On a bright spring day 15 years ago I walked up a tree-lined block to a vacant garden apartment in the bottom of a Brooklyn brownstone. I held the hands of my two children, aged 4 and 6. We pushed open the door and a shaft of sunlight cut across the polished wood floor. “Okay guys,” I said. “Welcome home.”
The day you wed is surely one of life’s most joyous and hopeful moments. Precious few of us consider the odds – that the chances are one in two that this does not turn out as planned. Throw in the kids and your defenses are fortified. You can do this. You can work through anything.
For those of us who have been there, the four most terrifying words in the English language are, “We need to talk.” That rarely ends well.
Every Other Sunday
All these years later there are still details vividly etched in my brain from that very first night. The boys’ matching bunk beds – painstakingly assembled from Ikea boxes with thousands of parts. I got them each their own bunk bed because I imagined (prayed for!) a childhood that would still be filled with friendships and sleepovers, even if their parents weren’t going to be sharing a bedroom any longer. I remember the first dinner. It was a pizza, half pepperoni, half cheese, takeout. We ate it on the bare floor because Mister Organization had not been able to furnish the place since we had moved so quickly. I can still hear the dulcet tones of the New York Yankees on the a.m. radio – an old Sony with an antenna we had to wiggle around to get reception. The sound of Jeter and Bernie and Paulie O’Neill playing baseball in the Bronx, echoing through our empty apartment. That in particular resonates for me to this day, especially with a son who, 15 years later, is interning at Fox Sports Radio. Those AM waves carried a long darned way.
My soon-to-be ex-wife and I were in agreement on nearly everything – except staying married. We set up a week on/week off schedule that involved dropping off the kids every Sunday night for nearly five years! There was no lonelier walk home than the one I had after leaving my two little boys with their sagging backpacks at their Mom’s apartment, nine blocks away. By then I was on J-Date and Sunday nights were guaranteed free zones for my romantic pursuits. I merely had to get home, sit on my stoop and sob, and then gather myself and head off in search of a new partner. No problem.
This being New York, by the middle grades both kids were taking the subway or bus to distant middle schools and my now ex-wife and I finally switched out that awful Sunday night exchange. The boys went straight from school to their other home – every other Sunday – until they finally decamped to college.
Should We Feel Guilty?
My eldest, in his college application essay, wrote that the day he enrolls in the school of his choice will be the first time in his life he gets to sleep in the same room for two straight weeks. As a parent of divorce, if that doesn’t give you pause. But then I look at my boys, both handsome thriving young men in college now, and I think, “Huhhh, not so bad.” My ex and I are both remarried and our kids have enough sibs and cousins to make the Brady Bunch seem quaint. We split the bills, we take turns on the Parents Weekends, we send condolences when former friends and relatives pass away. Mostly, when you split up with young kids, you still remain married, just under different households and a vastly different set of rules.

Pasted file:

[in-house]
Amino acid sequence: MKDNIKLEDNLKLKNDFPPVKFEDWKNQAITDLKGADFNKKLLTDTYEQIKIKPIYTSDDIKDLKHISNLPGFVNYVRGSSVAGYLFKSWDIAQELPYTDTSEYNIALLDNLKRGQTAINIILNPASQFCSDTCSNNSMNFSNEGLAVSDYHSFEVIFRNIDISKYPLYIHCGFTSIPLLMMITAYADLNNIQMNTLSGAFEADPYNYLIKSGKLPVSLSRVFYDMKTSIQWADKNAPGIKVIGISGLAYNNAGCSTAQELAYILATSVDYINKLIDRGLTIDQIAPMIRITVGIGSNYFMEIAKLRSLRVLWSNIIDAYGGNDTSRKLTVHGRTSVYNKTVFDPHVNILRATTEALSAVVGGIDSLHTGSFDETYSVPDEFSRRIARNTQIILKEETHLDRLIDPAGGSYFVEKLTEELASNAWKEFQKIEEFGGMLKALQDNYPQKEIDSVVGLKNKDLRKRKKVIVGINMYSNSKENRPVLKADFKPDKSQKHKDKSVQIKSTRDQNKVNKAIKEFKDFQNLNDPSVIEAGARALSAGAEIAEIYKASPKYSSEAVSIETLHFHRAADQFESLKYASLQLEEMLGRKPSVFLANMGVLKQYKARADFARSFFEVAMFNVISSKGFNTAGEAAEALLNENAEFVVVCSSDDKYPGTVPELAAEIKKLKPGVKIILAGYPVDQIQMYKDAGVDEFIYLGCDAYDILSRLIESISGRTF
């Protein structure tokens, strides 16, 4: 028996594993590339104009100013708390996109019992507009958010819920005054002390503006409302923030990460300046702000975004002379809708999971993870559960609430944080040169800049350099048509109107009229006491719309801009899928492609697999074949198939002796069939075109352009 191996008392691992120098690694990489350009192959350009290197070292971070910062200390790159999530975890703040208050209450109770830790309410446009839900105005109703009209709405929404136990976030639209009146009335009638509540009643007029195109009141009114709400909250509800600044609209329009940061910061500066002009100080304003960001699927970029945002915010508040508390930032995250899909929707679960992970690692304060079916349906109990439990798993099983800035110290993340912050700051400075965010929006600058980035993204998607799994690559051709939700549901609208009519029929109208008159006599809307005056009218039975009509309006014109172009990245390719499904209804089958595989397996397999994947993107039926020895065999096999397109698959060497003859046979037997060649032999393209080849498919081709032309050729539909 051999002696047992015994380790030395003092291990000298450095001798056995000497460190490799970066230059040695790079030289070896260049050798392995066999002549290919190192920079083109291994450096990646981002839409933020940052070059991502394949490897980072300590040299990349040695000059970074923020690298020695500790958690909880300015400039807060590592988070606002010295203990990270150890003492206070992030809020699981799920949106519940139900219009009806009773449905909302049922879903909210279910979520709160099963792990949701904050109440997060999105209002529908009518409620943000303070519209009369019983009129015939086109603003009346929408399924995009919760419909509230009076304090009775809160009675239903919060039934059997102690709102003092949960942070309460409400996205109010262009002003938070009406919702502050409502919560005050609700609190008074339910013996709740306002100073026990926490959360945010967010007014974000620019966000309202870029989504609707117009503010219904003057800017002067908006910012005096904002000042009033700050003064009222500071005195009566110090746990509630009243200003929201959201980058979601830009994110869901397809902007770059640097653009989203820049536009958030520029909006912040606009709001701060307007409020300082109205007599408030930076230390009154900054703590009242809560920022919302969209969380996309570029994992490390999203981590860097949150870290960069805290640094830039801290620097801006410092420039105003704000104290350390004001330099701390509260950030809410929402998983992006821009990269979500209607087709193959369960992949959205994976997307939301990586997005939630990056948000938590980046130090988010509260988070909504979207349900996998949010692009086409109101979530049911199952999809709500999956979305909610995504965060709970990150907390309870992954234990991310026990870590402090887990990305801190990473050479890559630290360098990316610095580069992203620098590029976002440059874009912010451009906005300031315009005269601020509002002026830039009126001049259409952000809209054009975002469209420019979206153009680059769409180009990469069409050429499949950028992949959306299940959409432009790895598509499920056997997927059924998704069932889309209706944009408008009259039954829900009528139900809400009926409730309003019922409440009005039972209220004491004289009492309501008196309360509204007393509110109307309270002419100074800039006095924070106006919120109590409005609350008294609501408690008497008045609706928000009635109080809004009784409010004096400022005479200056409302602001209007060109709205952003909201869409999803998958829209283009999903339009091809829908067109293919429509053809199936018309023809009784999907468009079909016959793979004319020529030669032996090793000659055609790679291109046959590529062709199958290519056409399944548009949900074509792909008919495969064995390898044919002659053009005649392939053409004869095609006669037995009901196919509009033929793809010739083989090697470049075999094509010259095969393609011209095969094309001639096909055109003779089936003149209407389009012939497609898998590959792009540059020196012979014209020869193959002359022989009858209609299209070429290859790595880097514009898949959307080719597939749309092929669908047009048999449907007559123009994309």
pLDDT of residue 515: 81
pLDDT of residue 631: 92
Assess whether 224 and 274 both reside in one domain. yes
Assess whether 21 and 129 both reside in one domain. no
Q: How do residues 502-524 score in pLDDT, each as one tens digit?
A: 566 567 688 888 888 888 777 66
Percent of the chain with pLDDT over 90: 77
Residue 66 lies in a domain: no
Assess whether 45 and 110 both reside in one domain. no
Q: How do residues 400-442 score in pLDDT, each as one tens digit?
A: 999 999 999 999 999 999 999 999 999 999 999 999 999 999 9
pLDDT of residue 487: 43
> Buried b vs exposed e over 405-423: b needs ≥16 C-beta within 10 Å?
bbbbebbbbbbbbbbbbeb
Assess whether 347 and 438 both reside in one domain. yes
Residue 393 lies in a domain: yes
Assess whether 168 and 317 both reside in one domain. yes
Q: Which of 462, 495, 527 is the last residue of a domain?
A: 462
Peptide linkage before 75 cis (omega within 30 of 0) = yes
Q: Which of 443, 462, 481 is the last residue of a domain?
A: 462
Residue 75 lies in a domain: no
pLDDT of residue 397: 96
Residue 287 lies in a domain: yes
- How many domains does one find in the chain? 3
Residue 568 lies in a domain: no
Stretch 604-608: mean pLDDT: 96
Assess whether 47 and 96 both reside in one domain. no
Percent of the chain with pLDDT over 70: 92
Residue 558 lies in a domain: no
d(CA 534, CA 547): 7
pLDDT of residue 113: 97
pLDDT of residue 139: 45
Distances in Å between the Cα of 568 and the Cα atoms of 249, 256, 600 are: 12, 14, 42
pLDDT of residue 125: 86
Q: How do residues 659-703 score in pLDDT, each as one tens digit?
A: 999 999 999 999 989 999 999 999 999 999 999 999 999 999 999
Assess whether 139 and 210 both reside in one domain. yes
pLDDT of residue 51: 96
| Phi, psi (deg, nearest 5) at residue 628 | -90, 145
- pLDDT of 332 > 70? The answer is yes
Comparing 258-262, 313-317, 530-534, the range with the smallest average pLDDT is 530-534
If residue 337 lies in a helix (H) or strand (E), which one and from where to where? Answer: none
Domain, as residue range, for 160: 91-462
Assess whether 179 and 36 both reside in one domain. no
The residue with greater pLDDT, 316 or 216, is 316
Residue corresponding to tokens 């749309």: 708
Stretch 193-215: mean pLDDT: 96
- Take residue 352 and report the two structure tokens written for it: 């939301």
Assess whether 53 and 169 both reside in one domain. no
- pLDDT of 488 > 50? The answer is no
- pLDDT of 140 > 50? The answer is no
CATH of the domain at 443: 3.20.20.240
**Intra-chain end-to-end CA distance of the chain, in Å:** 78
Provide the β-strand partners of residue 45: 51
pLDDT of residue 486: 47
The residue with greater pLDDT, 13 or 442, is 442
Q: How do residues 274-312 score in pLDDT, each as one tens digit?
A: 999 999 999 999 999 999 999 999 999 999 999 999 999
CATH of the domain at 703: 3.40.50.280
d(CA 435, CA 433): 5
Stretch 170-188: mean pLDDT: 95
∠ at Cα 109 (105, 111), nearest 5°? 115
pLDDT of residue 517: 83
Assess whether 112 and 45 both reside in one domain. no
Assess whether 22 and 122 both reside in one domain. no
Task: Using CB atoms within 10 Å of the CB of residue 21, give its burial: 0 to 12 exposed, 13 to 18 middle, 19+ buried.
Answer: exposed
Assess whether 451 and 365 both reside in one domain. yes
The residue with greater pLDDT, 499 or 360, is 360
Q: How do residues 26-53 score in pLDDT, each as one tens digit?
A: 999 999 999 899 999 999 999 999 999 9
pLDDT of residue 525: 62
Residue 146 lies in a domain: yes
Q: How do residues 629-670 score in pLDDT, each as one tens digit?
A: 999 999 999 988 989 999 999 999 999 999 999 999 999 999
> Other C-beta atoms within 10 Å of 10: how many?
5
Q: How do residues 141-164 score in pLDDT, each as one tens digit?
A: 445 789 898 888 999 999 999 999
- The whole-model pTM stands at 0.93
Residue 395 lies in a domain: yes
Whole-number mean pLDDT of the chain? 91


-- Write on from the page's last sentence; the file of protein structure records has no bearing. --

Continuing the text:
My youngest son, at his sixth birthday, announced that we didn’t all have to get together to celebrate anymore. He was the precocious one. His shared parties ended and not long after, so too did our ever setting foot in Two Boots Pizzeria. I still can’t walk by Second Street without a pang of guilt. But did we do them wrong? Should we have “stayed together for the kids?” What kind of lesson would that have sent? My children have memories of my ex-wife and I not getting along that I don’t even remember. Maybe the writing was on the wall. Or maybe the kids just knew us better than we knew ourselves.
Much has changed since that day I walked those two little boys up Garfield Place. What must dating look like to them? Will our un-completed marriage influence how they view their own partnerships? Our kids don’t expect their cell phones to last past two or three software updates. What will they expect of marriage?
What we lost in divorce I believe we made up for in family. Extended relatives, steppies (as we call them), more grandparents to send checks and gift cards at birthday time. My boys still turn to their mom for very specific things and me for others. Love comes with the package, regardless. But their true north is each other. When their mom and dad split, they became their own nuclear family. That doesn’t mean they get along every single second. But they get it. They have their mom. They have me. They have each other. And somehow, we still remain a family. No divorce was able to untie those enduring threads.
Ken Carlton is the author of FOOD FOR MARRIAGE, a novel, and three other books on relationships. He appeared on OPRAH, sadly, prior to his novel coming out.